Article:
Anyone Into Sailing From NC For The Summer?? (1 Viewer)

tacopirate

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I just got back on this site, but I'm staying in coastal North Carolina and know how to sail. Anyone want to try and head north for the summer? Any thoughts or ideas? I don't have much money but I know how to work on wooden boats.
 
We sell all kinds of other stuff in our Etsy store!

somn

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Marietta, GA
Are you looking for people to go in on a boat or what? I am in the southeast, have some basic woodworking and fabrication skills and could throw down a few hundred dollars, but dont know how to sail. Also don't know how old you are...If you are old I would not be down.

are wooden boats more expensive than fiberglass?
 
K

Kim Chee

I deleted myself
Also don't know how old you are...If you are old I would not be down.
Lol, my Mom is in her 70's, can run circles around you and can wipe her own ass.

@tacopirate, there's a few pirates here with boats even.
 
K

Kim Chee

I deleted myself
yeah. 19.
Makes you an adult.

To somebody else you're an old person;)

There's plenty of kids trapped in older people's bodies here.

On topic: Last I heard Florida is good for sail boats.
 

ped

Glorified monkey
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Gotcha kid lol wanting someone on your wavelength and junk


Then again what if you said I hope you're white and christian
 
F

FrumpyWatkins

I deleted myself
I always wanted to do the intracoastal (https://en.wikipedia.org/wiki/Intracoastal_Waterway) and dip in and out of some of the rivers that flow into the ocean from Staten Island to Savannah. I'm pretty sure for a lot of the trip you could have a pretty small, lightly powered boat. It looks like the bay crossings and shipping channel wakes would be the only sketchy parts in a smaller craft. I've been in Chessie, Delaware, and Raritan bays and their feeder rivers, and depending on the weather are super sketch, however parts of the intracoastal are just a glorified canals.
 
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tacopirate

tacopirate

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Yea, I was thinking of buying an old wooden boat and trying my luck from there. Maybe head south?
 

somn

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Marietta, GA
Yea, I was thinking of buying an old wooden boat and trying my luck from there. Maybe head south?
Well if you start to go through with that plan and and want to share your sailing knowledge, in exchange for another person aboard to help out hit me up.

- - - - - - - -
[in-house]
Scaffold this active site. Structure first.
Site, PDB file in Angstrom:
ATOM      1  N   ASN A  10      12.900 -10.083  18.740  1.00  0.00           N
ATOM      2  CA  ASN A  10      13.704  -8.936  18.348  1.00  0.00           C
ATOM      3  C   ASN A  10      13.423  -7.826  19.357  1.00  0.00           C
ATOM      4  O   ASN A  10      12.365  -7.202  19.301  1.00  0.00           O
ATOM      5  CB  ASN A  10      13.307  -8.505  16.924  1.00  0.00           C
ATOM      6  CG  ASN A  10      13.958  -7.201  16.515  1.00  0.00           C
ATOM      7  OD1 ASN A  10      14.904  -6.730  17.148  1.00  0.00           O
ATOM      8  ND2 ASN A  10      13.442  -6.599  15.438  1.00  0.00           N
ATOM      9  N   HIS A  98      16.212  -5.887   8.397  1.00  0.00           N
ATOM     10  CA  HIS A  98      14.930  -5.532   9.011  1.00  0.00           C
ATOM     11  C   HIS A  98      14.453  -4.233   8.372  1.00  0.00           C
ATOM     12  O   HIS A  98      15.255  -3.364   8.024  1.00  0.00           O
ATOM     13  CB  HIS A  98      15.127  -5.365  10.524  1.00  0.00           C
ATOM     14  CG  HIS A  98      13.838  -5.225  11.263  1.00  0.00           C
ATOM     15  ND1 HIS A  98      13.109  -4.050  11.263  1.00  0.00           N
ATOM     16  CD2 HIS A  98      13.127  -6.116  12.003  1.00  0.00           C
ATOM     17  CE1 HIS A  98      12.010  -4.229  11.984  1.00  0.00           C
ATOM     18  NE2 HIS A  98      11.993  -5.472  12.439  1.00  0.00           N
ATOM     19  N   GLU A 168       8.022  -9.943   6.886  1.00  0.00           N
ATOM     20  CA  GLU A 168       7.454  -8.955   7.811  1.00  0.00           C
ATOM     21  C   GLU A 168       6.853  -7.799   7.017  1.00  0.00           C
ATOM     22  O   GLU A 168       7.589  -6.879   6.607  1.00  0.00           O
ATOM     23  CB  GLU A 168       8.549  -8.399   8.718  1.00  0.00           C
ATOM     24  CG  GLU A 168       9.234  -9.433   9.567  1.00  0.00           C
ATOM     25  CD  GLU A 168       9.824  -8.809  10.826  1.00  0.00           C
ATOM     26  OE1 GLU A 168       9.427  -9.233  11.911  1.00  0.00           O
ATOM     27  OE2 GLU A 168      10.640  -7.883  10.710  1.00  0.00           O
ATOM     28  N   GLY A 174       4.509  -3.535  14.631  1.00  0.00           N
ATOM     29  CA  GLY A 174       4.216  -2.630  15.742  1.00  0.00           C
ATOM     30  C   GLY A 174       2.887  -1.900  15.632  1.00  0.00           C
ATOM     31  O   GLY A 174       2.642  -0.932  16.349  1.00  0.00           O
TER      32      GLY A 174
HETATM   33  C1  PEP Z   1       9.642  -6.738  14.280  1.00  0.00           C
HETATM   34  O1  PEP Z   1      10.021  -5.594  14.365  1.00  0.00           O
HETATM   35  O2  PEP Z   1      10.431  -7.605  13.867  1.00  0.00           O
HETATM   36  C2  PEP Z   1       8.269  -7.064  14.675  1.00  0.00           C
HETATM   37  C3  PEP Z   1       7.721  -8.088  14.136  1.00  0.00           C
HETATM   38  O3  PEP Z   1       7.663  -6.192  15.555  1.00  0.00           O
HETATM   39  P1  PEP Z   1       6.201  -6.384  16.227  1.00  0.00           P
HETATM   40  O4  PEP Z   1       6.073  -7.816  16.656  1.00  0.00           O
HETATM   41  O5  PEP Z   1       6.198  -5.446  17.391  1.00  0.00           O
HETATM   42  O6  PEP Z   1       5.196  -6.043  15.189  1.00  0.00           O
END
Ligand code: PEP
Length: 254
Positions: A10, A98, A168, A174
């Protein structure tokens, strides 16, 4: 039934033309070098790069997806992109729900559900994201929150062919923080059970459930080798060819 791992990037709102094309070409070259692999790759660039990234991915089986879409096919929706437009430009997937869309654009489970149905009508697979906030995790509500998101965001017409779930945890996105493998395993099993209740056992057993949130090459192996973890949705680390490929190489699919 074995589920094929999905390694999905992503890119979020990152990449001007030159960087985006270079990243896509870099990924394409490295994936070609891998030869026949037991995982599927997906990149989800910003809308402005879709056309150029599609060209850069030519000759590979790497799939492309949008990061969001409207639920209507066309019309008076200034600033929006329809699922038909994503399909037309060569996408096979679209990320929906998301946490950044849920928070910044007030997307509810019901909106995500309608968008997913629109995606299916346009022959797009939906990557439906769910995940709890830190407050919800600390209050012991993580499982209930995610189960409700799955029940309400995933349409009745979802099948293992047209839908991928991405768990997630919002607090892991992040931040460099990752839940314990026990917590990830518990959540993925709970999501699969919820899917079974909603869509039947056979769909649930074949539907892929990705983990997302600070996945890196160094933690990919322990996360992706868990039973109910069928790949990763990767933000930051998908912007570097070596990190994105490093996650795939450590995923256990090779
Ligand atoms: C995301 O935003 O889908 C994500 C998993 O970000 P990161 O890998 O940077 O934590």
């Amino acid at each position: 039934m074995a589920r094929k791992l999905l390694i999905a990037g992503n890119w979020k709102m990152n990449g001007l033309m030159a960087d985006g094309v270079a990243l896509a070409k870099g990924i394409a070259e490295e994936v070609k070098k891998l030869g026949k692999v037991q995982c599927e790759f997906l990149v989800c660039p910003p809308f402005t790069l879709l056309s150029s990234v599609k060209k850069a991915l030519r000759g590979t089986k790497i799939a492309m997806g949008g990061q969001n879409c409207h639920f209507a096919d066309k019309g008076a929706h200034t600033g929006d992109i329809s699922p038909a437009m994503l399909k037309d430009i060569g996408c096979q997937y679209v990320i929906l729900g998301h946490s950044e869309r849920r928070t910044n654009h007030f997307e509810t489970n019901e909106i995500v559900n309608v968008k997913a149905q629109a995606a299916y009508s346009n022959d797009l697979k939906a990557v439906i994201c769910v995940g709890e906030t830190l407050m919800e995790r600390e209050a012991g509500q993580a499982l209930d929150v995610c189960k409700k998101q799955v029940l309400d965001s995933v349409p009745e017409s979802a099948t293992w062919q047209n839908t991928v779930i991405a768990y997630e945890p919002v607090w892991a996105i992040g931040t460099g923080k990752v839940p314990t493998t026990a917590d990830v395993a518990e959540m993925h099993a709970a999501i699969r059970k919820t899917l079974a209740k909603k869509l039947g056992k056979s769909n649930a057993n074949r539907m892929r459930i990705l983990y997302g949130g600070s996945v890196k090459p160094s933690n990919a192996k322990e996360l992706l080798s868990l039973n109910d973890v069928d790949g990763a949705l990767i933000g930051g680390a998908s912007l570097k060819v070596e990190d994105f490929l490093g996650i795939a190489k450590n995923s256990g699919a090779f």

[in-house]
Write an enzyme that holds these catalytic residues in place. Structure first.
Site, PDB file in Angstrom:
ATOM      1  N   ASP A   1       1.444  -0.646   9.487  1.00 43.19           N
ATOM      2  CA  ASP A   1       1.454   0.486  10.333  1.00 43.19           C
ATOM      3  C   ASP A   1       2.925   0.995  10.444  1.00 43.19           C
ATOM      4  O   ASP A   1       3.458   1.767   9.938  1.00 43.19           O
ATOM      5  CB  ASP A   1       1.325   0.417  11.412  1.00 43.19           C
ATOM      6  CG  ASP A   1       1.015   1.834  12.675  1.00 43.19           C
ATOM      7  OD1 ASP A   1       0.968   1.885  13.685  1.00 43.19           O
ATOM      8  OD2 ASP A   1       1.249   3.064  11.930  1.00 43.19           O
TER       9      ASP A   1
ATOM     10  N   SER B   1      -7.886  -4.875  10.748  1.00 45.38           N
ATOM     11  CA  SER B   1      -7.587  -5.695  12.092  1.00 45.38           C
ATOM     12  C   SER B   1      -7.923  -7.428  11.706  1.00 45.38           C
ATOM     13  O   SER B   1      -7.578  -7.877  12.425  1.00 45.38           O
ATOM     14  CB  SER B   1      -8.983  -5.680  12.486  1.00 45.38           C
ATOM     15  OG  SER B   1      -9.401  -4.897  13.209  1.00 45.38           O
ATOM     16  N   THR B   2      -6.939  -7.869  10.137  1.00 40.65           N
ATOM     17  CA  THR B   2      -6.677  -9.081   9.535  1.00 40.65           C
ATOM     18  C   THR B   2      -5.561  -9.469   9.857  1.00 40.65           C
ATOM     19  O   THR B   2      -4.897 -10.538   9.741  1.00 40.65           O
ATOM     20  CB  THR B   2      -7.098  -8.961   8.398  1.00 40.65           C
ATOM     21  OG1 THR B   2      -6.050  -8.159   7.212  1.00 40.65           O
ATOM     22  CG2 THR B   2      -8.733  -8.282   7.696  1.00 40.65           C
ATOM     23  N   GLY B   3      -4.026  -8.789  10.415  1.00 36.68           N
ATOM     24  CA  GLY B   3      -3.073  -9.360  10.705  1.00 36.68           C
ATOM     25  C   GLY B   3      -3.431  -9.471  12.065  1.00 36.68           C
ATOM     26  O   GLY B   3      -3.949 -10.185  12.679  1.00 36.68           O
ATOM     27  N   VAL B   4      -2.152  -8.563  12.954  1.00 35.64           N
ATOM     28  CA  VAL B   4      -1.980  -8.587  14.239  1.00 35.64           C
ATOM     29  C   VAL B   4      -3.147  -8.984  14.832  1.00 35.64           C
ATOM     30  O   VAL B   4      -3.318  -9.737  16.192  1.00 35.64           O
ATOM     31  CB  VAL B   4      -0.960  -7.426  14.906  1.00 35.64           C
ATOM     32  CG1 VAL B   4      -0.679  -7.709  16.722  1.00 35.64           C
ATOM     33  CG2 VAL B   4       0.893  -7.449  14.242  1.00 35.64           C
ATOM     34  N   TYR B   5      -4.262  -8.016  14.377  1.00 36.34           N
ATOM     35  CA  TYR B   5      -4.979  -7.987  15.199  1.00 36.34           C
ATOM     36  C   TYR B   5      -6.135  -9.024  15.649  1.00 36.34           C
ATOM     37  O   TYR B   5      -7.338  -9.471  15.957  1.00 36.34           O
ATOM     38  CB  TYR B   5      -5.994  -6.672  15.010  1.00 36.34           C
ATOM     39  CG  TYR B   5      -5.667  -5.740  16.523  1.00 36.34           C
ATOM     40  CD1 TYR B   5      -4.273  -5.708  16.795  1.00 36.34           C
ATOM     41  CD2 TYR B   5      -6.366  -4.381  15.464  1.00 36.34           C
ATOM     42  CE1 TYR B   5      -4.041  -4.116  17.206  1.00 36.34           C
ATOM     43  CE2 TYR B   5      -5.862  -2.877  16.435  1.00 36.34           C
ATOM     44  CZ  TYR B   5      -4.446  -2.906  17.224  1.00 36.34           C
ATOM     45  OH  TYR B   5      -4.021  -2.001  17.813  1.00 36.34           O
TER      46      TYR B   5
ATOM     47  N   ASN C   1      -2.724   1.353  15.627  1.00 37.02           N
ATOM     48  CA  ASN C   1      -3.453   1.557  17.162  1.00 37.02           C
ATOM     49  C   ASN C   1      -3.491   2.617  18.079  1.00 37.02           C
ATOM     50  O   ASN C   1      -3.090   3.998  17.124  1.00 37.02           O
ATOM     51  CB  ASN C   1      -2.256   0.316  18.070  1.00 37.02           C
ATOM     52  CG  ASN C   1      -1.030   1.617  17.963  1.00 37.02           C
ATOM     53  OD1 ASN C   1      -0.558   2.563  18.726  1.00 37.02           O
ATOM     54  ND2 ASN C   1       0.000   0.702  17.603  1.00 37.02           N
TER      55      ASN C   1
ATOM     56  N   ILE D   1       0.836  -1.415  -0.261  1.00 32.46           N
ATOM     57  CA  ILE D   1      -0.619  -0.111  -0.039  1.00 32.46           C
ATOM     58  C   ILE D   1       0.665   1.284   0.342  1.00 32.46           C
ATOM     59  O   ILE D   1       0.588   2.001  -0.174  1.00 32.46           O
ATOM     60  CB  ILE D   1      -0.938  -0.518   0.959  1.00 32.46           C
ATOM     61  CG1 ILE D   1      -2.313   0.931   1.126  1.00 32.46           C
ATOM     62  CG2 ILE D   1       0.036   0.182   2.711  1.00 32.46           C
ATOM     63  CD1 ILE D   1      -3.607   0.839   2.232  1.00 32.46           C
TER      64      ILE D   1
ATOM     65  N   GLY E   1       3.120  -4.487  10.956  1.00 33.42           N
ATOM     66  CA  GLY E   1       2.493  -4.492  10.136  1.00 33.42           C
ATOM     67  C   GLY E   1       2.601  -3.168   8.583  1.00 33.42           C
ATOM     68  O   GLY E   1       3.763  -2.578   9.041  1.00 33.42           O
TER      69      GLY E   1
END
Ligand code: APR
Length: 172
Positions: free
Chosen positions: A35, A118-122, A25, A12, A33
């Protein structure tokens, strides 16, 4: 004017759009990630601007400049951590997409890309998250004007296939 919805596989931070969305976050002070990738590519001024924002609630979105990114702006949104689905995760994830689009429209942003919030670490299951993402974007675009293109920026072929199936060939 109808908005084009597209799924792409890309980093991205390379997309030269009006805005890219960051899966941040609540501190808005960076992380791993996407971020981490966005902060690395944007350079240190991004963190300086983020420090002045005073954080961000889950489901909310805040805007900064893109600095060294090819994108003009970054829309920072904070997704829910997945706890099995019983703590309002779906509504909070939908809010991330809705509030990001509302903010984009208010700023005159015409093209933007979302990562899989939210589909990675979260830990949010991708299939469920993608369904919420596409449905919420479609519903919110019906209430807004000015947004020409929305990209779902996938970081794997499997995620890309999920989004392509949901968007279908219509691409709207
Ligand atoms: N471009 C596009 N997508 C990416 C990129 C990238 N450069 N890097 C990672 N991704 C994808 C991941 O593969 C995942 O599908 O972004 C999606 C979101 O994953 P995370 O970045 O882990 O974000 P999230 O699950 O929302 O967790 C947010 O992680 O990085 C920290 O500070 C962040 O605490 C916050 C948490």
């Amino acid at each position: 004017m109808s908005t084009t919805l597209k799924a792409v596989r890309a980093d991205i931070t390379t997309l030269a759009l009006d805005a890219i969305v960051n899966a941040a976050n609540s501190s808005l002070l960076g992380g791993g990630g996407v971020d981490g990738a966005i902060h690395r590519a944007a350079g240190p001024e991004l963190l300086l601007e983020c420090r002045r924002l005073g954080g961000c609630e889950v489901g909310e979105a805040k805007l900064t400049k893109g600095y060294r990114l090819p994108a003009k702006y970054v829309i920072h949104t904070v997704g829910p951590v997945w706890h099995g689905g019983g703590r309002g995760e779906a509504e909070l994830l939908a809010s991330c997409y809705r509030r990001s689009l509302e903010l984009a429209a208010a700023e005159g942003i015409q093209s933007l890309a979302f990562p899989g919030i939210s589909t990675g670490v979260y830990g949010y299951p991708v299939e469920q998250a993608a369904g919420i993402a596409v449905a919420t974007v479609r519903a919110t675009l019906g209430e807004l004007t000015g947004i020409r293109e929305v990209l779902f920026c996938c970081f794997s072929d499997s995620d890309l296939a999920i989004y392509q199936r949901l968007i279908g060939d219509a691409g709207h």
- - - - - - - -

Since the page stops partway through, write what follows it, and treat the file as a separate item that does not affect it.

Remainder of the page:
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tacopirate

tacopirate

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Will do. I'm looking all around the area for old boats right now. And yes, wooden boats are generally more expensive than fiberglass in terms of upkeep.
 
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tacopirate

tacopirate

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Thanks!! I grew up working on wooden sailboats and had a blast learning the art of restoring a wooden hull. No luck yet, but there are many places to look!
 

Durp

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Wood boats are beautiful. Too bad all the ones I looked at in my budget were quite far gone. You definitely have to know what sort of commitment you are making when you take on a wood boat. I was too timid of making a wrong choice since I did not want to get a survey to save costs, which led me to believe that I hadn't the budget to take on such a craft. Maybe the next boat when I know what I am doing better. :)
 
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tacopirate

tacopirate

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^^Yes, it is a commitment to buy a wood boat. I've had no luck thus far and I am considering going with a 70's Hunter fiberglass boat. The shame...
 

Durp

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What size range are you looking for? There are quite a few MK1 Yankee 30s around there, Albin Vega 30 is also a very nice boat. I doubt you will find a Rawson out there, but it might be worth looking into. I am a bit prejuduce, but the early ones where built with hand laid grp, to wood dimensions. They were some of the first fiberglass sailing boats ever made. There might be one with in a couple of states from you. They have a more traditional boat set up. If you go glass take the extra time to find a boat without an interior pan. You really want actual bulkheads. I really like Pearson's too. I don't know much about hunters, thought there similar to cals.
 
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tacopirate

tacopirate

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Interesting, thank you. Of course, bulkheads are key in a true ocean-going vessel. Hunters aren't considered to be that well made, though it really depends on the year. Weren't bulkheads originally on junk boats?
 

Durp

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I thought all boats where built using load bearing bulkheads until the late 60's in production boats when molded interior pans started being used to save costs on the assembly line. The older the better in my opinion. I would only get a boat with hand laid up fiberglass if possible, or pull the boat and look for cracks, crazing, and signs of blisters or delaminiation. If it dose not have any of that by now, chances are it will never develop. I prefer boats with uncored hulls and decks. Heavier, but less issues to fix.
 

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